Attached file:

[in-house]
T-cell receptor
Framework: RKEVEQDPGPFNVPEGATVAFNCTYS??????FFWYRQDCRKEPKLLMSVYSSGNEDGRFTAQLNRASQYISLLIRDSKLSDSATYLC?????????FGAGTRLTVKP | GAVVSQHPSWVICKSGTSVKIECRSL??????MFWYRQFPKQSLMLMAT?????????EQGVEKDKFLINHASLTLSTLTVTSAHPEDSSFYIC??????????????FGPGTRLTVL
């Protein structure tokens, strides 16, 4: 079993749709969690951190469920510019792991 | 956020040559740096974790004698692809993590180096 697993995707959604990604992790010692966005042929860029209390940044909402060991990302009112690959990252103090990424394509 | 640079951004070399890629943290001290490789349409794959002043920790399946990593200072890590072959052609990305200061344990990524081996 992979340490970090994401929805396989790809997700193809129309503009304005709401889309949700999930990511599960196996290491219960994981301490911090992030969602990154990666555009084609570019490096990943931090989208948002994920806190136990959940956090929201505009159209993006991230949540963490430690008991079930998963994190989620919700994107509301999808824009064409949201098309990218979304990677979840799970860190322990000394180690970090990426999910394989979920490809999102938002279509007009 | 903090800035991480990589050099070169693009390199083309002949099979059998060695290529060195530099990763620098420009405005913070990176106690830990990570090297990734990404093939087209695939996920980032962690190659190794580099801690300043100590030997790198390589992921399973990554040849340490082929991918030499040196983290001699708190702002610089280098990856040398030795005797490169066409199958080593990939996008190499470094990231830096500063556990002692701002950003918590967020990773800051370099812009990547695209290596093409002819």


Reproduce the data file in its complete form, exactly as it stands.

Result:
[in-house]
T-cell receptor
Framework: RKEVEQDPGPFNVPEGATVAFNCTYS??????FFWYRQDCRKEPKLLMSVYSSGNEDGRFTAQLNRASQYISLLIRDSKLSDSATYLC?????????FGAGTRLTVKP | GAVVSQHPSWVICKSGTSVKIECRSL??????MFWYRQFPKQSLMLMAT?????????EQGVEKDKFLINHASLTLSTLTVTSAHPEDSSFYIC??????????????FGPGTRLTVL
């Protein structure tokens, strides 16, 4: 079993749709969690951190469920510019792991 | 956020040559740096974790004698692809993590180096 697993995707959604990604992790010692966005042929860029209390940044909402060991990302009112690959990252103090990424394509 | 640079951004070399890629943290001290490789349409794959002043920790399946990593200072890590072959052609990305200061344990990524081996 992979340490970090994401929805396989790809997700193809129309503009304005709401889309949700999930990511599960196996290491219960994981301490911090992030969602990154990666555009084609570019490096990943931090989208948002994920806190136990959940956090929201505009159209993006991230949540963490430690008991079930998963994190989620919700994107509301999808824009064409949201098309990218979304990677979840799970860190322990000394180690970090990426999910394989979920490809999102938002279509007009 | 903090800035991480990589050099070169693009390199083309002949099979059998060695290529060195530099990763620098420009405005913070990176106690830990990570090297990734990404093939087209695939996920980032962690190659190794580099801690300043100590030997790198390589992921399973990554040849340490082929991918030499040196983290001699708190702002610089280098990856040398030795005797490169066409199958080593990939996008190499470094990231830096500063556990002692701002950003918590967020990773800051370099812009990547695209290596093409002819």